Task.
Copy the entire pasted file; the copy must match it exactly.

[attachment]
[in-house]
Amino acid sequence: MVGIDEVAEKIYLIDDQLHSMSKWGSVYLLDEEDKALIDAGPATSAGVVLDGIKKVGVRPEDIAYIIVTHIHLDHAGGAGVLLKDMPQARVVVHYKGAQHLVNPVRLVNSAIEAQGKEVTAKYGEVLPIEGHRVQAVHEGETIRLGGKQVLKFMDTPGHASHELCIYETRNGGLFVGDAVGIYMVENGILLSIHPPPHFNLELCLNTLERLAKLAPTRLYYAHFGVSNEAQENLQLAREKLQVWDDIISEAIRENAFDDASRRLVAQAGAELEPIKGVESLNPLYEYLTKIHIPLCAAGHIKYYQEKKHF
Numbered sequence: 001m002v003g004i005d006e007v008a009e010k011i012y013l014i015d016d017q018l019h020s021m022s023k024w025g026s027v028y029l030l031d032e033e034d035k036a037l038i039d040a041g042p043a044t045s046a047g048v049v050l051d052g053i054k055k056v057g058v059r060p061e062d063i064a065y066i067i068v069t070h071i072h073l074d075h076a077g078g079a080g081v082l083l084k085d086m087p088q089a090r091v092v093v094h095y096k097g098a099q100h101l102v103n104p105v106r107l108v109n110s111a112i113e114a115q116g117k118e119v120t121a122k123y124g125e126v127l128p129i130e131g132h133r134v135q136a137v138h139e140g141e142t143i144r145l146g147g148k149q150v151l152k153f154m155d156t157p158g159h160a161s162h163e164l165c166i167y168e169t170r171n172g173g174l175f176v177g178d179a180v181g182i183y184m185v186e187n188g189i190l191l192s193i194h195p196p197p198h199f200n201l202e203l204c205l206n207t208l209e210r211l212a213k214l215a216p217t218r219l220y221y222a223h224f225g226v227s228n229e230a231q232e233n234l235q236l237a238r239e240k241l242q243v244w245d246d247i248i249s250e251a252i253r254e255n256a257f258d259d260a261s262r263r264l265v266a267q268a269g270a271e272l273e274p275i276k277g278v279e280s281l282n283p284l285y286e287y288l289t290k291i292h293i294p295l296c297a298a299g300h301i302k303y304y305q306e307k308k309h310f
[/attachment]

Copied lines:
[in-house]
Amino acid sequence: MVGIDEVAEKIYLIDDQLHSMSKWGSVYLLDEEDKALIDAGPATSAGVVLDGIKKVGVRPEDIAYIIVTHIHLDHAGGAGVLLKDMPQARVVVHYKGAQHLVNPVRLVNSAIEAQGKEVTAKYGEVLPIEGHRVQAVHEGETIRLGGKQVLKFMDTPGHASHELCIYETRNGGLFVGDAVGIYMVENGILLSIHPPPHFNLELCLNTLERLAKLAPTRLYYAHFGVSNEAQENLQLAREKLQVWDDIISEAIRENAFDDASRRLVAQAGAELEPIKGVESLNPLYEYLTKIHIPLCAAGHIKYYQEKKHF
Numbered sequence: 001m002v003g004i005d006e007v008a009e010k011i012y013l014i015d016d017q018l019h020s021m022s023k024w025g026s027v028y029l030l031d032e033e034d035k036a037l038i039d040a041g042p043a044t045s046a047g048v049v050l051d052g053i054k055k056v057g058v059r060p061e062d063i064a065y066i067i068v069t070h071i072h073l074d075h076a077g078g079a080g081v082l083l084k085d086m087p088q089a090r091v092v093v094h095y096k097g098a099q100h101l102v103n104p105v106r107l108v109n110s111a112i113e114a115q116g117k118e119v120t121a122k123y124g125e126v127l128p129i130e131g132h133r134v135q136a137v138h139e140g141e142t143i144r145l146g147g148k149q150v151l152k153f154m155d156t157p158g159h160a161s162h163e164l165c166i167y168e169t170r171n172g173g174l175f176v177g178d179a180v181g182i183y184m185v186e187n188g189i190l191l192s193i194h195p196p197p198h199f200n201l202e203l204c205l206n207t208l209e210r211l212a213k214l215a216p217t218r219l220y221y222a223h224f225g226v227s228n229e230a231q232e233n234l235q236l237a238r239e240k241l242q243v244w245d246d247i248i249s250e251a252i253r254e255n256a257f258d259d260a261s262r263r264l265v266a267q268a269g270a271e272l273e274p275i276k277g278v279e280s281l282n283p284l285y286e287y288l289t290k291i292h293i294p295l296c297a298a299g300h301i302k303y304y305q306e307k308k309h310f